Case Studies

A Lifeline to Families When Schools Were Unexpectedly Closed for COVID-19

At Pass Christian Public Schools, they achieved their family outreach with SchoolStatus.

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Executive summary

Pass Christian Public Schools was an early adopter of SchoolStatus. The district onboarded in 2013 when the software was specializing exclusively in accountability and data visualizations. Unfortunately, the district never fully utilized the technology and SchoolStatus was put on the chopping block as new district leaders sought to eliminate an overabundance of programs and get back to basics. However, after working with data on endless excel spreadsheets, and a disappointing stint with an analytics provider, district leaders chose to bring back the comprehensive support and analytical reach of SchoolStatus—and not a moment too soon. Now with industry-leading capabilities for communicating with parents, SchoolStatus helped prepare Pass Christian to communicate with all families during the unexpected COVID-19 shutdown.


New district leadership

Superintendent Dr. Carla J. Evers joined the team at Pass Christian School District in 2016, ready to meet high expectations from the community. The school district consistently ranks at or near the top of state rankings, and Dr. Evers had no intention of losing any ground. In an interview with the Sun Herald that year, Evers explained her approach. “I plan to look around the area and make observations, to get a feel for how things work,” she said. “Being a good listener is an important attribute to have. Right now, I’m listening to the principals and staff,” shared Evers. “I also want the parents to know that I’d like them to come up and talk to me. I will be very open with them as superintendent.” Dr. Evers tenure was starting off on the right foot.

Evaluation of programs

It wasn’t long, however, before Dr. Evers found an issue that almost every district is familiar with: large numbers of programs going unused. Instead of understanding their data and responding with action, the district relied on multiple programs the team didn’t use to their full capacity. “We were program heavy. We had a lot of different programs and SchoolStatus wasn’t being used for what it was intended to be used for at the time.” Districts everywhere can relate to the data room at Pass Christian when Dr. Evers joined the team. “We were treating our data as more of a gallery wall. We had all these data rooms—you would walk in and there would be stuff all over the walls. In some instances when I first got here, some of the schools had relics of what used to be a data room, but it is now a storage room. Stuff was on the wall that we never took down,” Evers explains. “So I felt like our data became more of an art gallery. We would walk in and look at it and go ‘hmm’ but we were not actually leaving the data room and going out and saying ‘this is the action we need to take as a result of it’.”

Pass Christian High School

Back to basics

Dr. Evers began stripping down the overabundance of programs and got back to some familiar basics in K-12 data analytics: spreadsheets. “What we started doing in the district was moving our own data around,” she explains. “One of the things I think that I really hold a belief in is that people need to understand how to work their own data.” Dr. Evers knew that unless her team acknowledged and understood their student data, they would never be able to fully utilize tools for analysis.

“We put a lot of human labor into looking at our data and analyzing our data,” she explains. “Really getting people to own their data and understand their data a little bit differently.” Dr. Evers pushed her team to dig into assessment scores and benchmarks. “We had excel sheets that would tell us what our predicted accountability score would be, and our grade. We were even using them up until last year,” she adds. “It was doing what we needed - but of course it was all labor-intensive.” Typically with even the best of spreadsheets, getting disparate data points to talk to one another is difficult- and not everyone knows how to use formulas correctly. It was a big ask of her team. “Even to the extent that our interventionist had a series of excel documents that they used to help us with our early warning system,” discloses Evers.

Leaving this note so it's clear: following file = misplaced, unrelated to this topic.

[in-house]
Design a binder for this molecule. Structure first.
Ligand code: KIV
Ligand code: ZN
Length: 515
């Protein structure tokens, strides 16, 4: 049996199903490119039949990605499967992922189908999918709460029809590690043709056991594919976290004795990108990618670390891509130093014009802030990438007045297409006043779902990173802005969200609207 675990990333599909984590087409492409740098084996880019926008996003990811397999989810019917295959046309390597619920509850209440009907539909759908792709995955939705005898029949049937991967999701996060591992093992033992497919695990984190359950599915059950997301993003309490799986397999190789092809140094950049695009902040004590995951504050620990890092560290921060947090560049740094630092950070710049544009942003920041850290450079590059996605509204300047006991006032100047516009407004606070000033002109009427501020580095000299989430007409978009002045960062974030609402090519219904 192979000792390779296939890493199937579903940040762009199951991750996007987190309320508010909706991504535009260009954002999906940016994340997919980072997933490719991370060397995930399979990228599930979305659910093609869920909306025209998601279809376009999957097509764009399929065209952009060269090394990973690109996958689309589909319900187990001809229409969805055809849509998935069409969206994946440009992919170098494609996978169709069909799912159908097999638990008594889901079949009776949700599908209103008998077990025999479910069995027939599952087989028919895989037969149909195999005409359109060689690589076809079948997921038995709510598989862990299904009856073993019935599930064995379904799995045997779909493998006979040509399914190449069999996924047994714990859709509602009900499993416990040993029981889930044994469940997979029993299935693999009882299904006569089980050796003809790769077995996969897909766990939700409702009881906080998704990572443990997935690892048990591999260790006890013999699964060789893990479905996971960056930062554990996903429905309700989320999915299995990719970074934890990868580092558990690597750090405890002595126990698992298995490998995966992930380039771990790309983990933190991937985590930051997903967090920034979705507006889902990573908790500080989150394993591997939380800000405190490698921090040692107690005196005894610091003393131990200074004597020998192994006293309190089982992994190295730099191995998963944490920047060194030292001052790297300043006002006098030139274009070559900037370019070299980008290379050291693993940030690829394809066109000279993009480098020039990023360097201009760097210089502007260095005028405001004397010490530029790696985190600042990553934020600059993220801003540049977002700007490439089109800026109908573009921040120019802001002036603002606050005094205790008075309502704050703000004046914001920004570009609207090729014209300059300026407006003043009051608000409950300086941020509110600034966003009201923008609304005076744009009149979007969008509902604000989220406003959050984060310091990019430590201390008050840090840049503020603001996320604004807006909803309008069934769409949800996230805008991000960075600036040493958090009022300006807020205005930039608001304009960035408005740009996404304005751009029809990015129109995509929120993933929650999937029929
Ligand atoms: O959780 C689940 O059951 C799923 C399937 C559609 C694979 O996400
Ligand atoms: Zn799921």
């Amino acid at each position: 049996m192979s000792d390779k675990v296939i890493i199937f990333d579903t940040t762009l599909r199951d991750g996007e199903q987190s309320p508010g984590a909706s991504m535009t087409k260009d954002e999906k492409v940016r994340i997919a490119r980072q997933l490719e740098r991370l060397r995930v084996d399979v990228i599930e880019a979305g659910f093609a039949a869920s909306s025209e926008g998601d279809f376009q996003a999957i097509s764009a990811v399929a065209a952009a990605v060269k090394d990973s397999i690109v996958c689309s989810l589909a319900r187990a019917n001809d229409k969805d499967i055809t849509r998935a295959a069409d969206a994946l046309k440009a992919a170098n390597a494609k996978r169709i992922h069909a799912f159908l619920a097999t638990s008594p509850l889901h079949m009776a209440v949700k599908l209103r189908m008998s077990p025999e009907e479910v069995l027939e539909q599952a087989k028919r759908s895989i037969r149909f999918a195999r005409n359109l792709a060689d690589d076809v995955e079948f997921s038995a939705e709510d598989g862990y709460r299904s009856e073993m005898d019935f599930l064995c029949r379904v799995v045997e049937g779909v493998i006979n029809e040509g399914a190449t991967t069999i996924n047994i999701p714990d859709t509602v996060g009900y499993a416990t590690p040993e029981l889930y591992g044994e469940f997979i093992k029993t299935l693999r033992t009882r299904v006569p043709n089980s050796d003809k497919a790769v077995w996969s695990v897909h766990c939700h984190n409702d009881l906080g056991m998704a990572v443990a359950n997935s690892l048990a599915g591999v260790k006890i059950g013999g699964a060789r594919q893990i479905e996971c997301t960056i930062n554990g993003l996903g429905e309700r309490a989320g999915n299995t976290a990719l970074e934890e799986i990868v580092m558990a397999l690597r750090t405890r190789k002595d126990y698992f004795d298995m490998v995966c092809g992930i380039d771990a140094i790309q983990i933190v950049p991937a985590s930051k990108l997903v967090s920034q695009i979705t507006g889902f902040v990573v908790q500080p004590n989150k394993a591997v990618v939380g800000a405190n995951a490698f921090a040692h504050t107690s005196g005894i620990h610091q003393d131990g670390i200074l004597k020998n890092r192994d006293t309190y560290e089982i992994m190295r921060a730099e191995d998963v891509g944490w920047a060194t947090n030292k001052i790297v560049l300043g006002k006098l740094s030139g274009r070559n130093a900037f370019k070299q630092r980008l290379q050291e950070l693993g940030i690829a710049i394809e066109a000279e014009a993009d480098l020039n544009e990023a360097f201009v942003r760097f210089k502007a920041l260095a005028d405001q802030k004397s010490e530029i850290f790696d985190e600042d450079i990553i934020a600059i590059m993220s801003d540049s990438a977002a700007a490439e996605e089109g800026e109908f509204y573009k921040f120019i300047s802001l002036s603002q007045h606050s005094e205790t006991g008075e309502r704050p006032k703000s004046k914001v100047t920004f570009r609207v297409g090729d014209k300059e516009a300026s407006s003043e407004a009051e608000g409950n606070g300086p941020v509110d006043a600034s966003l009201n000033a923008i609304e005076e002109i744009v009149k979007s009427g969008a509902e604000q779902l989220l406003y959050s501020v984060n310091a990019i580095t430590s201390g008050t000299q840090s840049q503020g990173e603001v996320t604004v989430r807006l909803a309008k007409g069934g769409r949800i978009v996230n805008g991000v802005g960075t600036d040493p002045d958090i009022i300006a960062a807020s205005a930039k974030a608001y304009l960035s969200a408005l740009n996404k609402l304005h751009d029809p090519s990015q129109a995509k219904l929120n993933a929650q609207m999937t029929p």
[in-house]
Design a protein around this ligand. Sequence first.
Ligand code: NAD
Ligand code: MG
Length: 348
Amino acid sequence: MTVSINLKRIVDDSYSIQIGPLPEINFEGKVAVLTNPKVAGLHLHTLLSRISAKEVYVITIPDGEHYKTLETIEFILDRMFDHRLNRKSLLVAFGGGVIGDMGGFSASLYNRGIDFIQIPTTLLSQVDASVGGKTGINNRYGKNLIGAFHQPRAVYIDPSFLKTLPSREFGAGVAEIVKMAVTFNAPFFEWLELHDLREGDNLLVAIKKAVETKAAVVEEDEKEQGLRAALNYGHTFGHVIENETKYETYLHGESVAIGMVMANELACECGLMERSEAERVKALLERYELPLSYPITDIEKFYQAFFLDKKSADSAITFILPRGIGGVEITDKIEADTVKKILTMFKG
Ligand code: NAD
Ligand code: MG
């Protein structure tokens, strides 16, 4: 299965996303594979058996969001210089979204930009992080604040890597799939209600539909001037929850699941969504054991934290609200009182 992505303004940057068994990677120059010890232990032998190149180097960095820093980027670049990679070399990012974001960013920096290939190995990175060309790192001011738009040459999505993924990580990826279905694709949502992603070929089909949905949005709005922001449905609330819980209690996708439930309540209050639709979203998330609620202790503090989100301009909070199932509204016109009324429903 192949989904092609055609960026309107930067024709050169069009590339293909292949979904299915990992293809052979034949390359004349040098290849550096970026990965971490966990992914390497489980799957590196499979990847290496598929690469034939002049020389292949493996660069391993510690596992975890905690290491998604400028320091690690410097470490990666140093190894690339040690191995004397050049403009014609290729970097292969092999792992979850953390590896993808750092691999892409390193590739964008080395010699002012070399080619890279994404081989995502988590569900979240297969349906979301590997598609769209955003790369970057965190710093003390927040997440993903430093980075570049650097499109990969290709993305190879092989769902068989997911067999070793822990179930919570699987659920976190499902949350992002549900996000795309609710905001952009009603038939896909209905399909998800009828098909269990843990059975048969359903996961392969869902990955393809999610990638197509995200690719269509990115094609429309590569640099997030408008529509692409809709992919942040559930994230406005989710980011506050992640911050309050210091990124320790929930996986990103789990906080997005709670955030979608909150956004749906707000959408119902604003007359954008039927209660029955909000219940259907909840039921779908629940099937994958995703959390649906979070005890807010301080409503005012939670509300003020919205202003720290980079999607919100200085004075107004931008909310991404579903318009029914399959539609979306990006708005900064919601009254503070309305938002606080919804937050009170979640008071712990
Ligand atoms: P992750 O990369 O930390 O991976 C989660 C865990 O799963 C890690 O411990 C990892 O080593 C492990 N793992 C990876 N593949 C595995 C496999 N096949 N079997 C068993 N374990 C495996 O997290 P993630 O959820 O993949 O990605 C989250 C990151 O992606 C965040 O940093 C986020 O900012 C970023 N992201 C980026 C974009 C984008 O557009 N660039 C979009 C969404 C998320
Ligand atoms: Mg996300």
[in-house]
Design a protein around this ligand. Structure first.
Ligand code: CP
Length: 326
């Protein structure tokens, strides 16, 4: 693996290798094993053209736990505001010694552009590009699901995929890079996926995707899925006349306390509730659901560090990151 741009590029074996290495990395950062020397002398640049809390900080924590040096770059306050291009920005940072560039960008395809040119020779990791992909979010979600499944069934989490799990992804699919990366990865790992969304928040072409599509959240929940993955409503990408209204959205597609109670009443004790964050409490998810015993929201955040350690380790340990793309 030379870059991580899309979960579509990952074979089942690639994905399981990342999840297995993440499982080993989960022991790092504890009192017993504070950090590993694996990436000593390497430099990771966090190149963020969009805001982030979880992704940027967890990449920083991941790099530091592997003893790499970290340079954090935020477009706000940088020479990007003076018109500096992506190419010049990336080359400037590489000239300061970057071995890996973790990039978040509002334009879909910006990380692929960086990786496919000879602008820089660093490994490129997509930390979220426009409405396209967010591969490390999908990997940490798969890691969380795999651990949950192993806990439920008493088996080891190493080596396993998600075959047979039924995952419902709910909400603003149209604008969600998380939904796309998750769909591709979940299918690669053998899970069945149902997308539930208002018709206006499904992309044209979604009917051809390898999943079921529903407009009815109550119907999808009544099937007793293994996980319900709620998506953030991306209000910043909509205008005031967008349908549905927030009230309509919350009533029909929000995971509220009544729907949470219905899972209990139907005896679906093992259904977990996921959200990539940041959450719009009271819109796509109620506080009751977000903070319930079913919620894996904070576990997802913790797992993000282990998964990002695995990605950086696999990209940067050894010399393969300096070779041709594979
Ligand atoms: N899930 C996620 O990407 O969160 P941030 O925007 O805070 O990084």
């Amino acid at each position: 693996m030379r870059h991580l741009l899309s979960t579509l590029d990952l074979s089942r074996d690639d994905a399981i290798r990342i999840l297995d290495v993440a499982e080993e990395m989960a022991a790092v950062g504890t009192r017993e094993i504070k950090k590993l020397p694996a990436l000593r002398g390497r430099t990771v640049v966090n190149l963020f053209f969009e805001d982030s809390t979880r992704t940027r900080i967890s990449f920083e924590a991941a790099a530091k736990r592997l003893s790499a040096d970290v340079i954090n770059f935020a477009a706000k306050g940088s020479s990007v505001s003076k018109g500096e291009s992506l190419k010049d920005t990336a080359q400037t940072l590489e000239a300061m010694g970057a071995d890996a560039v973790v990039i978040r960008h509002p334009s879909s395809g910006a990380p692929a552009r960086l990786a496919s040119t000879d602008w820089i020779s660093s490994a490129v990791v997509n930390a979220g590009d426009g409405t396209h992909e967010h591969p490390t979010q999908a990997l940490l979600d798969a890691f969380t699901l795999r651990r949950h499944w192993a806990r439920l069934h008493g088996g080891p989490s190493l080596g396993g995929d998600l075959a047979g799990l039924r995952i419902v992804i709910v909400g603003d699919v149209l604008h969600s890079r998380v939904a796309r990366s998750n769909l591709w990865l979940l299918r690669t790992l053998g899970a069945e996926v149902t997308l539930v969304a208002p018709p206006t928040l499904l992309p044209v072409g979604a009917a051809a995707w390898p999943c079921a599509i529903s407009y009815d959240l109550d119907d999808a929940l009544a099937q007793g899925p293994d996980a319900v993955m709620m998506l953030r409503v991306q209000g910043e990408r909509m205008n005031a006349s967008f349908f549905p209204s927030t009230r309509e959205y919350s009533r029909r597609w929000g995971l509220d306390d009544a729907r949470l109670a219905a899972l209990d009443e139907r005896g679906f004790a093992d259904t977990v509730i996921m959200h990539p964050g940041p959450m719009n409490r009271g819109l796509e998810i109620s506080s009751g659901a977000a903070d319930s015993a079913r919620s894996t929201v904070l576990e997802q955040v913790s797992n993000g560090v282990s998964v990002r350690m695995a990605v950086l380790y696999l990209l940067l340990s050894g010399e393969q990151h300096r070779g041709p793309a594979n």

The difference is data

Over time, data competence grew within the district but it came alongside spreadsheet burden and the district began to seek out less manual data solutions. One solution the district already had for assessments was built into an online instructional tool. “It did have a pretty robust data analytics system,” Dr. Evers explains, “but for that program only.” The system does not integrate with other products to pull data into the system leaving the district to search for meaningful ways to integrate data.

Dr. Evers did her due diligence in making a data analytics choice for her district that included calling around to other high performing districts in the state. As it turned out, they all use SchoolStatus. “Listening to those superintendents talk about how impactful SchoolStatus has been in their school district inspired us to say let’s go back to someone we know who is proven in our state,” she explains. “You don’t often get that with companies—you have to kind of take what they have sometimes and try to make it meet your needs. But I feel like SchoolStatus is trying specifically to meet the needs of leaders and teachers in the state, and that’s important to us.”

“SchoolStatus has all of these things pulled together—we can look at our attendance, our discipline, we don’t have to build that. Everything is already done for us,” she explains. SchoolStatus integrates with all the data sources a school district is already collecting. From state assessments to benchmarks, LMS and SIS. By being data agnostic, SchoolStatus is able to offer tools for analysis that answer questions concerning disparate data points - unlike solutions such as iReady.

“Everything that is important to school leaders. Everything that we look at, and we want to know more about, even things that our school board wants to know about, it’s all right here!” she laughs. “I don’t have to go and create something off to the side. Everything is pulled together right here, and it saves us so much time!”

Superintendent Dr. Carla J. Evers, Pass Christian School District